Rocking it at "The Home" after 30 minutes of scratching off lotto tickets and eating chocolate

It was in the late spring of 2013 my dear friend Kyle, a physical therapist, invited me to come visit the rehab and long term care facility where he worked.  He had shared with me so many wonderful, funny, and sometimes heart wrenching stories about the residents he assisted. I knew his experiences with this population, primarily the elderly, shaped his humble and loving demeanor.  Struggling with my own deficiencies in loneliness and less than selfless attitude, I was envious of his wisdom and outlook on life. I was grateful for the invitation and possibility to meet the characters that impacted his life in such a profound way.  

It didn’t take long before my introduction to the infamous Polly was made.  We entered the room and her face immediately lit up at Kyle’s presence.  I was greeted with a side-glance of hesitation and, “Who are you?” Upon the assurance that I wasn’t a doctor or nurse there to perform tests, but rather Kyle’s friend, Polly eased her doubt and continued on in friendly banter telling Kyle that he needed to shave his beard, as he was looking rather homeless and unkept. This was her nature: to be motherly, direct, and always honest. Before long, Kyle moved on to the next patient but at my request, I decided to stay back.

I can’t recall all of the conversations we had that day but the emotions from our first meeting are still vivid.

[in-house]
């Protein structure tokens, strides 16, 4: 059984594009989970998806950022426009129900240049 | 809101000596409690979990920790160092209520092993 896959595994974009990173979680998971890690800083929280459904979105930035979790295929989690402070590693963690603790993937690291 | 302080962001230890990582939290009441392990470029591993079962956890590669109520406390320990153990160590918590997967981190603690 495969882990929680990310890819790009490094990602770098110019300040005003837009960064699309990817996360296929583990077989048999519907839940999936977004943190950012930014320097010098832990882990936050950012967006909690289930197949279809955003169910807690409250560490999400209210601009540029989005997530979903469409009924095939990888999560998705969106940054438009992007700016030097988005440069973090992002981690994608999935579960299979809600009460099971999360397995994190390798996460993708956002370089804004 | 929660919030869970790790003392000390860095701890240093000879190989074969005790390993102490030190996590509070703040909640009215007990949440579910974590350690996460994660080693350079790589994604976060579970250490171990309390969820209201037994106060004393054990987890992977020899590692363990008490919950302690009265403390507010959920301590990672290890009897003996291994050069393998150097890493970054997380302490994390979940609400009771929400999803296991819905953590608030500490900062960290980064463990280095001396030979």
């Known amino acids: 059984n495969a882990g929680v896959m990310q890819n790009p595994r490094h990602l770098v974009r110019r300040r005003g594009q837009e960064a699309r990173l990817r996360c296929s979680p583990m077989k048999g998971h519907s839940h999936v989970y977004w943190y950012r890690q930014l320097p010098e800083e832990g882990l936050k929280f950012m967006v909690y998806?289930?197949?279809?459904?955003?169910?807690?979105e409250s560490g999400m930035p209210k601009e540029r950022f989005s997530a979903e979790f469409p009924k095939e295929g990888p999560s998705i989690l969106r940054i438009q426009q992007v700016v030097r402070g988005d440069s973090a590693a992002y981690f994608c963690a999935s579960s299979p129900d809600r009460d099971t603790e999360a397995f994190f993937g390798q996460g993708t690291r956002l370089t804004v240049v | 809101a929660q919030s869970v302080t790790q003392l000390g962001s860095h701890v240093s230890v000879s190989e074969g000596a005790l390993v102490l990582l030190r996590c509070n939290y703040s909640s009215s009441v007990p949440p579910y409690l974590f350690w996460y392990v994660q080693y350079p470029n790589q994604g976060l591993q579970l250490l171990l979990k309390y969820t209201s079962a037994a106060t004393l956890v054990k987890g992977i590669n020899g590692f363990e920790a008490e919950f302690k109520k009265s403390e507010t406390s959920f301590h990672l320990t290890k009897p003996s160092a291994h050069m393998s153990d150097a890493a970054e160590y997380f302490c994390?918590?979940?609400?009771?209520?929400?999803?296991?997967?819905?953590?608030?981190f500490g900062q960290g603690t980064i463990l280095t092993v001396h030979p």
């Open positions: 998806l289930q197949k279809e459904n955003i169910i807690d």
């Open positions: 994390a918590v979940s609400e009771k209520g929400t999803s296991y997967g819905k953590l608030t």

I was anxious about being left in a room with a stranger that was elderly, fragile, and unfamiliar.

I was nervous about how to engage someone who rarely had anyone to talk to, but had so much to say.

I was empathetic to the fact that she was so alive, but yet confined to a small shared room with no realistic future of leaving.

I was sad thinking about her loneliness as I faced my own fears and depression around growing old and alone.

From the fist time we met, an instant bond was formed and unbeknownst to us both, a void was soon to be filled. Compared to Polly, I had 5 less decades on understanding life, however we faced very similar troubles and fears.  I knew this was the start of more than just a friendship, but a journey. We had come into each other’s lives for a reason. Over the next 4 years that purpose would become more understood as we faced the trials of life, death, and what happens after – together.

By Cody Butler